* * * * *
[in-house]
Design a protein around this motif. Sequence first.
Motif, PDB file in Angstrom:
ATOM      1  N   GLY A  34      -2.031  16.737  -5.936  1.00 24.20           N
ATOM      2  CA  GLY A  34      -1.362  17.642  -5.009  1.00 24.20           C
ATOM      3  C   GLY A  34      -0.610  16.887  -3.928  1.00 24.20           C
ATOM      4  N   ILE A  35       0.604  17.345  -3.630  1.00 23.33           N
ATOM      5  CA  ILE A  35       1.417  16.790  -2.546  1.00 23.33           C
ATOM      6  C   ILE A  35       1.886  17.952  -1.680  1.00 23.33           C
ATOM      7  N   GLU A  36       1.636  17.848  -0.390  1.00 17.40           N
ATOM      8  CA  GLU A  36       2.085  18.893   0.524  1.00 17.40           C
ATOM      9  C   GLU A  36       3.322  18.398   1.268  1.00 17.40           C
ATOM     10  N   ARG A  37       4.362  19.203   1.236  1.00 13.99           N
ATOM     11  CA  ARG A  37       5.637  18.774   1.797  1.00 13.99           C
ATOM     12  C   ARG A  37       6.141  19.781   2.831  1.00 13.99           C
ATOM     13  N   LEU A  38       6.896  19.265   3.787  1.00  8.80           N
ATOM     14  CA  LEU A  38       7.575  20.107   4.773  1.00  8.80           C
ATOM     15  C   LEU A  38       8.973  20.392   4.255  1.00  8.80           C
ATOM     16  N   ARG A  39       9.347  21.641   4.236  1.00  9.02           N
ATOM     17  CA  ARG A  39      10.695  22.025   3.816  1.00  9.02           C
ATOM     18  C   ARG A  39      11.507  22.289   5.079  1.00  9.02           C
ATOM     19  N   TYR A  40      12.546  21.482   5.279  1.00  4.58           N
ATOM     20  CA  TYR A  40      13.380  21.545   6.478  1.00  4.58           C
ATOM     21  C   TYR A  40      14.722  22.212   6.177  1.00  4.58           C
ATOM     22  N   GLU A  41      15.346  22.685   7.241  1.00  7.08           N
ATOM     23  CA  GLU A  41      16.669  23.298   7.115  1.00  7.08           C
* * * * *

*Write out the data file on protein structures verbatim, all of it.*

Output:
[in-house]
Design a protein around this motif. Sequence first.
Motif, PDB file in Angstrom:
ATOM      1  N   GLY A  34      -2.031  16.737  -5.936  1.00 24.20           N
ATOM      2  CA  GLY A  34      -1.362  17.642  -5.009  1.00 24.20           C
ATOM      3  C   GLY A  34      -0.610  16.887  -3.928  1.00 24.20           C
ATOM      4  N   ILE A  35       0.604  17.345  -3.630  1.00 23.33           N
ATOM      5  CA  ILE A  35       1.417  16.790  -2.546  1.00 23.33           C
ATOM      6  C   ILE A  35       1.886  17.952  -1.680  1.00 23.33           C
ATOM      7  N   GLU A  36       1.636  17.848  -0.390  1.00 17.40           N
ATOM      8  CA  GLU A  36       2.085  18.893   0.524  1.00 17.40           C
ATOM      9  C   GLU A  36       3.322  18.398   1.268  1.00 17.40           C
ATOM     10  N   ARG A  37       4.362  19.203   1.236  1.00 13.99           N
ATOM     11  CA  ARG A  37       5.637  18.774   1.797  1.00 13.99           C
ATOM     12  C   ARG A  37       6.141  19.781   2.831  1.00 13.99           C
ATOM     13  N   LEU A  38       6.896  19.265   3.787  1.00  8.80           N
ATOM     14  CA  LEU A  38       7.575  20.107   4.773  1.00  8.80           C
ATOM     15  C   LEU A  38       8.973  20.392   4.255  1.00  8.80           C
ATOM     16  N   ARG A  39       9.347  21.641   4.236  1.00  9.02           N
ATOM     17  CA  ARG A  39      10.695  22.025   3.816  1.00  9.02           C
ATOM     18  C   ARG A  39      11.507  22.289   5.079  1.00  9.02           C
ATOM     19  N   TYR A  40      12.546  21.482   5.279  1.00  4.58           N
ATOM     20  CA  TYR A  40      13.380  21.545   6.478  1.00  4.58           C
ATOM     21  C   TYR A  40      14.722  22.212   6.177  1.00  4.58           C
ATOM     22  N   GLU A  41      15.346  22.685   7.241  1.00  7.08           N
ATOM     23  CA  GLU A  41      16.669  23.298   7.115  1.00  7.08           C